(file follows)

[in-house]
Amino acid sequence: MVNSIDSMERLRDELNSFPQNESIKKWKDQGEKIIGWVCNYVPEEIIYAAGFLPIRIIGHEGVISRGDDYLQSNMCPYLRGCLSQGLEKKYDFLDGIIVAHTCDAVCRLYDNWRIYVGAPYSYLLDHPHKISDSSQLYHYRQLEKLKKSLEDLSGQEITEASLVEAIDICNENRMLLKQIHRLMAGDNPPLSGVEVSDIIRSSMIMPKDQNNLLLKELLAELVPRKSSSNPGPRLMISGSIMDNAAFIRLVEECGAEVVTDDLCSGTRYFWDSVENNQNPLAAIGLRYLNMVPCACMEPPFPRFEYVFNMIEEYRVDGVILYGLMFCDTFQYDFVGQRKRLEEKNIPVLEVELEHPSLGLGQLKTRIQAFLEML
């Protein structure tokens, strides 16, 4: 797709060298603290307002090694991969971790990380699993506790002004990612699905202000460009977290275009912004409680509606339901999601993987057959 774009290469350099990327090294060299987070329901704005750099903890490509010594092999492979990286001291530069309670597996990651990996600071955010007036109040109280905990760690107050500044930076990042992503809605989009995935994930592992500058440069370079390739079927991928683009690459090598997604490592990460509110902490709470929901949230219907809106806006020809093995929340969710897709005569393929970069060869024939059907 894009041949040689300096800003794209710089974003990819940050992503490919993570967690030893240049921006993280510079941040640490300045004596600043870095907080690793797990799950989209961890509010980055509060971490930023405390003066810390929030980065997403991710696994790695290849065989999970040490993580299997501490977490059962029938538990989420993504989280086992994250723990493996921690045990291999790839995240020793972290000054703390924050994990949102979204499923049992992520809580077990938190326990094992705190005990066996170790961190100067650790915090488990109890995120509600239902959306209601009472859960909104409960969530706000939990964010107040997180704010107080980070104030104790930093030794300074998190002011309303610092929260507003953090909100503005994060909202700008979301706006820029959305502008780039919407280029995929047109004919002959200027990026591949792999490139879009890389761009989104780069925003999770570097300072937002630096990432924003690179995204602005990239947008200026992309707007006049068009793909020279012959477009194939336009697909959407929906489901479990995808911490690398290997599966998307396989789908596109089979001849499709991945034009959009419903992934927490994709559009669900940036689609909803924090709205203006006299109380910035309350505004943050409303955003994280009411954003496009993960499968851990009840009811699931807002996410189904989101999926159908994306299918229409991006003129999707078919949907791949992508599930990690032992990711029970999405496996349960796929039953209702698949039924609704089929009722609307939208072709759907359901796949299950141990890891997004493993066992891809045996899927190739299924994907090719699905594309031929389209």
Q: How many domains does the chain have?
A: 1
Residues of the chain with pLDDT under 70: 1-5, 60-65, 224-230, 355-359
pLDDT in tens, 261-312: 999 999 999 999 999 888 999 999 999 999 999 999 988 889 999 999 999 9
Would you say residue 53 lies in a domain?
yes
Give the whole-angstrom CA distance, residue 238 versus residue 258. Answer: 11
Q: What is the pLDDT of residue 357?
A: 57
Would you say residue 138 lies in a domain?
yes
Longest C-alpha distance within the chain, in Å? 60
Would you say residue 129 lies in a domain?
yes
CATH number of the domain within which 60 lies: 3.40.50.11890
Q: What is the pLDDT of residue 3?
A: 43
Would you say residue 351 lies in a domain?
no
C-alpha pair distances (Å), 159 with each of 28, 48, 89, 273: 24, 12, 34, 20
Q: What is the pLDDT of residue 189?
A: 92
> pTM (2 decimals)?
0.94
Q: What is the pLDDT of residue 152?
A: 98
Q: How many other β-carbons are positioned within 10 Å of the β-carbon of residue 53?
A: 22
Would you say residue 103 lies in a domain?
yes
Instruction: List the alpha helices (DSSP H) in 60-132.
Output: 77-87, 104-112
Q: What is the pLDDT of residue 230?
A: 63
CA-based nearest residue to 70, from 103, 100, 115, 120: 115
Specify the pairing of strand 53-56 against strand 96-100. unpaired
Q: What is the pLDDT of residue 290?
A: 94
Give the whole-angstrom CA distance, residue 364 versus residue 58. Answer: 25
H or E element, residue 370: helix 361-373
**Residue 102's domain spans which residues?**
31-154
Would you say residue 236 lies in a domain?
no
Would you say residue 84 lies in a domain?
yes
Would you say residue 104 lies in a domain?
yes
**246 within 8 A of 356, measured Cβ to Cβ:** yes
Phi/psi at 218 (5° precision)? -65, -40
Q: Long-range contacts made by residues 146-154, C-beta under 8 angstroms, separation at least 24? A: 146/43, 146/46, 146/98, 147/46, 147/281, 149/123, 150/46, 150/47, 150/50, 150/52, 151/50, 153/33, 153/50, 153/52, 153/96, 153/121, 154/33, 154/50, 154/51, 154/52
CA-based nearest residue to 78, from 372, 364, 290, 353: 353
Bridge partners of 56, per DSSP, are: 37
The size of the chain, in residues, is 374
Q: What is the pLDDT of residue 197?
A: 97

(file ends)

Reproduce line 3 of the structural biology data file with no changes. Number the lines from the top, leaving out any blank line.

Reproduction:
């Protein structure tokens, strides 16, 4: 797709060298603290307002090694991969971790990380699993506790002004990612699905202000460009977290275009912004409680509606339901999601993987057959 774009290469350099990327090294060299987070329901704005750099903890490509010594092999492979990286001291530069309670597996990651990996600071955010007036109040109280905990760690107050500044930076990042992503809605989009995935994930592992500058440069370079390739079927991928683009690459090598997604490592990460509110902490709470929901949230219907809106806006020809093995929340969710897709005569393929970069060869024939059907 894009041949040689300096800003794209710089974003990819940050992503490919993570967690030893240049921006993280510079941040640490300045004596600043870095907080690793797990799950989209961890509010980055509060971490930023405390003066810390929030980065997403991710696994790695290849065989999970040490993580299997501490977490059962029938538990989420993504989280086992994250723990493996921690045990291999790839995240020793972290000054703390924050994990949102979204499923049992992520809580077990938190326990094992705190005990066996170790961190100067650790915090488990109890995120509600239902959306209601009472859960909104409960969530706000939990964010107040997180704010107080980070104030104790930093030794300074998190002011309303610092929260507003953090909100503005994060909202700008979301706006820029959305502008780039919407280029995929047109004919002959200027990026591949792999490139879009890389761009989104780069925003999770570097300072937002630096990432924003690179995204602005990239947008200026992309707007006049068009793909020279012959477009194939336009697909959407929906489901479990995808911490690398290997599966998307396989789908596109089979001849499709991945034009959009419903992934927490994709559009669900940036689609909803924090709205203006006299109380910035309350505004943050409303955003994280009411954003496009993960499968851990009840009811699931807002996410189904989101999926159908994306299918229409991006003129999707078919949907791949992508599930990690032992990711029970999405496996349960796929039953209702698949039924609704089929009722609307939208072709759907359901796949299950141990890891997004493993066992891809045996899927190739299924994907090719699905594309031929389209």